Teratocarcinoma-derived growth factor 1 (TDGF1) is a member of the epidermal growth factor-cripto FRL1 cryptic protein family and is involved in the activation of several different signaling pathways during embryonic development and cellular transformation. Previous reports show that TDGF1 regulates the activation of several signaling pathways and controls cellular transformation in embryonic status, whereas its significance in colorectal cancer (CRC) is not yet fully understood. The present study comprised 55 patients who underwent surgery for CRC, as well as two cell lines derived from human CRC. The correlation of gene expression with clinical parameters in patients was assessed. The biological significance of TDGF1 expression was evaluated by knock-down experiments in the cell lines. Seventeen of 55 (30.9%) cases exhibited a higher TDGF1 expression in cancerous regions than in marginal non-cancerous regions. Patients with high TDGF1 expression were statistically susceptible to a recurrence of the disease, and showed poorer disease-free survival than those with low expression. The assessment of TDGF1 knock-down in the 2 cell lines demonstrated that the siRNA inhibition resulted in a statistically significant reduction in cell growth and invasion. In conclusion, the present data strongly suggest the usefulness of TDGF1 as a predictive marker for metachronous metastasis in CRC patients.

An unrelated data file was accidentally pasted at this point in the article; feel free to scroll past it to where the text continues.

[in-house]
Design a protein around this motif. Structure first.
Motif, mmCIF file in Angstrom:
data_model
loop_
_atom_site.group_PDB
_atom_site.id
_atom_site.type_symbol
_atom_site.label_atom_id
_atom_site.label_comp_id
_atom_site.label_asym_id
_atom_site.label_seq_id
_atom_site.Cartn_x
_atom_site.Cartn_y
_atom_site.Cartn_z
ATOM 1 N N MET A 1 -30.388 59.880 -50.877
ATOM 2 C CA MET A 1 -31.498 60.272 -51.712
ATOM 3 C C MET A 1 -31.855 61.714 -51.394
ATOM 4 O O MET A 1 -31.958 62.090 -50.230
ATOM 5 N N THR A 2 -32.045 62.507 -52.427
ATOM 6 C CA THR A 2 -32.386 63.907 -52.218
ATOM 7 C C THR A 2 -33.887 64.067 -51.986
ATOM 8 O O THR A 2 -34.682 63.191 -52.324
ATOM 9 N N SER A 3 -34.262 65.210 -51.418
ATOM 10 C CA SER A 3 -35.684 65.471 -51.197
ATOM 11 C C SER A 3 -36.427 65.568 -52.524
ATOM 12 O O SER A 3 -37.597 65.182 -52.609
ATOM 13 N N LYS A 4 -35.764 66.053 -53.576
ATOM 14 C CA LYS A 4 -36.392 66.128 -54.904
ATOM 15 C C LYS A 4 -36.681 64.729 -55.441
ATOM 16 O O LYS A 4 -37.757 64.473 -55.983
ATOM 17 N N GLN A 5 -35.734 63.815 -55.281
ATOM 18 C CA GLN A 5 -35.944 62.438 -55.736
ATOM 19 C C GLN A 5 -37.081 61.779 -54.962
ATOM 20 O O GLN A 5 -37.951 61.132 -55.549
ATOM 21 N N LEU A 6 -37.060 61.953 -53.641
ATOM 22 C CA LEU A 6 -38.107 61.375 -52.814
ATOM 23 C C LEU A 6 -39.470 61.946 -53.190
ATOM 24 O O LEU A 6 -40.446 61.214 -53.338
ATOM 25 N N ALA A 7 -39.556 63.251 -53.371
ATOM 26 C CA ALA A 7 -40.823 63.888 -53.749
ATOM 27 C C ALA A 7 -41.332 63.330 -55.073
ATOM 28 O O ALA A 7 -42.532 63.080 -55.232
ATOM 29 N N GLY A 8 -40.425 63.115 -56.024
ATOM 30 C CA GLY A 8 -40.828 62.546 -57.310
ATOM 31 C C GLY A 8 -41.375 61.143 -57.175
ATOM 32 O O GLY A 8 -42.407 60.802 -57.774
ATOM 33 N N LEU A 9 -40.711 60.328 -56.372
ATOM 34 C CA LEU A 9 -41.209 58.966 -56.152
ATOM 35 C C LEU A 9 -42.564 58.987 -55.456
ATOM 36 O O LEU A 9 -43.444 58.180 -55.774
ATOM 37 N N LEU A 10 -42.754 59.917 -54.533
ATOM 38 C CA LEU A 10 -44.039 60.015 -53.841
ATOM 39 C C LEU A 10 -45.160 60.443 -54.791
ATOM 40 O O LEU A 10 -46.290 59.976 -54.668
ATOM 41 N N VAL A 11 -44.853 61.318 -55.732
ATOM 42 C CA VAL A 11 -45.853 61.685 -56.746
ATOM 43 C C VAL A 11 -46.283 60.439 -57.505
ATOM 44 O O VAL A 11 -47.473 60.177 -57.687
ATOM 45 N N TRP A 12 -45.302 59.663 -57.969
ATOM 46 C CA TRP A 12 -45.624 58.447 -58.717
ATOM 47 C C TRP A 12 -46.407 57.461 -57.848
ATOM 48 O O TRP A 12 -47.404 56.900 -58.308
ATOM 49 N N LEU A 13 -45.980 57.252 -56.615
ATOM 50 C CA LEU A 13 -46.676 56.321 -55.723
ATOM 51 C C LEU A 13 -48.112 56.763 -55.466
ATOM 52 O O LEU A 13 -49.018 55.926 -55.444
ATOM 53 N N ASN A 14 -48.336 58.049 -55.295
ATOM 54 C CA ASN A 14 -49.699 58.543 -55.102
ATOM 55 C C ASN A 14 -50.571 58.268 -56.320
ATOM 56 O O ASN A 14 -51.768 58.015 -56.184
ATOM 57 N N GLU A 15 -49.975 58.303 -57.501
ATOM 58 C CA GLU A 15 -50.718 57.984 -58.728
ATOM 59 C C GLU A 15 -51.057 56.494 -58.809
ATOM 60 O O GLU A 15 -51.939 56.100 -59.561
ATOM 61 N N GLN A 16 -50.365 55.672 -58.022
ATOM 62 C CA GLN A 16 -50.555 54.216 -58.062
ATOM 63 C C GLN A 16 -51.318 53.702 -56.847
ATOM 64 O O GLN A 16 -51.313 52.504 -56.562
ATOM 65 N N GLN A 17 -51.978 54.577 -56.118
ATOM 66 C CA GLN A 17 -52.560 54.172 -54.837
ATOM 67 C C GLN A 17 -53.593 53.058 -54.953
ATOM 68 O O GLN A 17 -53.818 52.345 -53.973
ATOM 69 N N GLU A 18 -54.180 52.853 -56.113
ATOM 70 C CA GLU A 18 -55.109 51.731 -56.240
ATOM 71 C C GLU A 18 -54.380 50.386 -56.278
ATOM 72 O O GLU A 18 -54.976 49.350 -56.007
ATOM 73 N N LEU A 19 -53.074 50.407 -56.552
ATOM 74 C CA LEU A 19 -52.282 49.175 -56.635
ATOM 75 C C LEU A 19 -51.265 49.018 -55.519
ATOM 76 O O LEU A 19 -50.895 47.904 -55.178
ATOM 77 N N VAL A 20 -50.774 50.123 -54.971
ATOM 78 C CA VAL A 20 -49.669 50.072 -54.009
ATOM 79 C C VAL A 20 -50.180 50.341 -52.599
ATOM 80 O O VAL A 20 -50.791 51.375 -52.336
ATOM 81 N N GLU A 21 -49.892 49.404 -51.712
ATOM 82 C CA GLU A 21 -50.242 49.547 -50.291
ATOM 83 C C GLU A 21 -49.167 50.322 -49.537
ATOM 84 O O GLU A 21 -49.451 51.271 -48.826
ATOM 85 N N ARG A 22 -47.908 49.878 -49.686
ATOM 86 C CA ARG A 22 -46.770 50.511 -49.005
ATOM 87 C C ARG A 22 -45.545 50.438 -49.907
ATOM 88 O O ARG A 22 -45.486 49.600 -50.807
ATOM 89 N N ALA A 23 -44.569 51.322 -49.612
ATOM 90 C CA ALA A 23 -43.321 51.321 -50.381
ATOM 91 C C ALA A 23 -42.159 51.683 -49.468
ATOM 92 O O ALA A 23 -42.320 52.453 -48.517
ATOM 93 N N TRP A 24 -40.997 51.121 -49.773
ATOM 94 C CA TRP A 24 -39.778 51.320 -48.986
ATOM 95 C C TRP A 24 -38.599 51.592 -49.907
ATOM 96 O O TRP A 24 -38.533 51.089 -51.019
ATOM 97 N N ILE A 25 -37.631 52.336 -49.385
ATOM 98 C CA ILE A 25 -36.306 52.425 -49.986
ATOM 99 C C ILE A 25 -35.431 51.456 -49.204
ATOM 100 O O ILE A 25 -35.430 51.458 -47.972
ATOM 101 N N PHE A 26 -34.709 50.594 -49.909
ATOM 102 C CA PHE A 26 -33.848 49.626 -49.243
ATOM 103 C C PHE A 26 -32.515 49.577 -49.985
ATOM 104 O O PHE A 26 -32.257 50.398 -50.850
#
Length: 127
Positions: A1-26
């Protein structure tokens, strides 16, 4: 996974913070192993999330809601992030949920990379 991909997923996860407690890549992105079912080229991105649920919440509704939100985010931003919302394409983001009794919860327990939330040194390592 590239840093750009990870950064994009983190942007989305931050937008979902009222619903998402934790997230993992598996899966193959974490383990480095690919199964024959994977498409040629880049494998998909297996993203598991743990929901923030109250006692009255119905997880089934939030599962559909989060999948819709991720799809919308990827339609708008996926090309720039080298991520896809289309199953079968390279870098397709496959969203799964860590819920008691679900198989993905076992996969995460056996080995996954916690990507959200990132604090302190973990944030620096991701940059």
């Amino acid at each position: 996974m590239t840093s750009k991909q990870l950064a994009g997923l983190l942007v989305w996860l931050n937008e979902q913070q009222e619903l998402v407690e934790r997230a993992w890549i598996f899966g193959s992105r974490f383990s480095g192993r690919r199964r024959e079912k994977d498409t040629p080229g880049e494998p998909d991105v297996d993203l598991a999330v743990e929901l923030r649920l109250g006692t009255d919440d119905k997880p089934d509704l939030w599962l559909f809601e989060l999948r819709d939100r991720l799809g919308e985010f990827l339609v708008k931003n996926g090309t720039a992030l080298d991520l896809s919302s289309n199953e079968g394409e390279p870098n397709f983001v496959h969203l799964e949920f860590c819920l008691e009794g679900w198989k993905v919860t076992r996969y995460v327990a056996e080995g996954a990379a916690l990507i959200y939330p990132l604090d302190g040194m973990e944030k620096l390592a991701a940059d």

All Science Journal Classification (ASJC) codes
- Cancer Research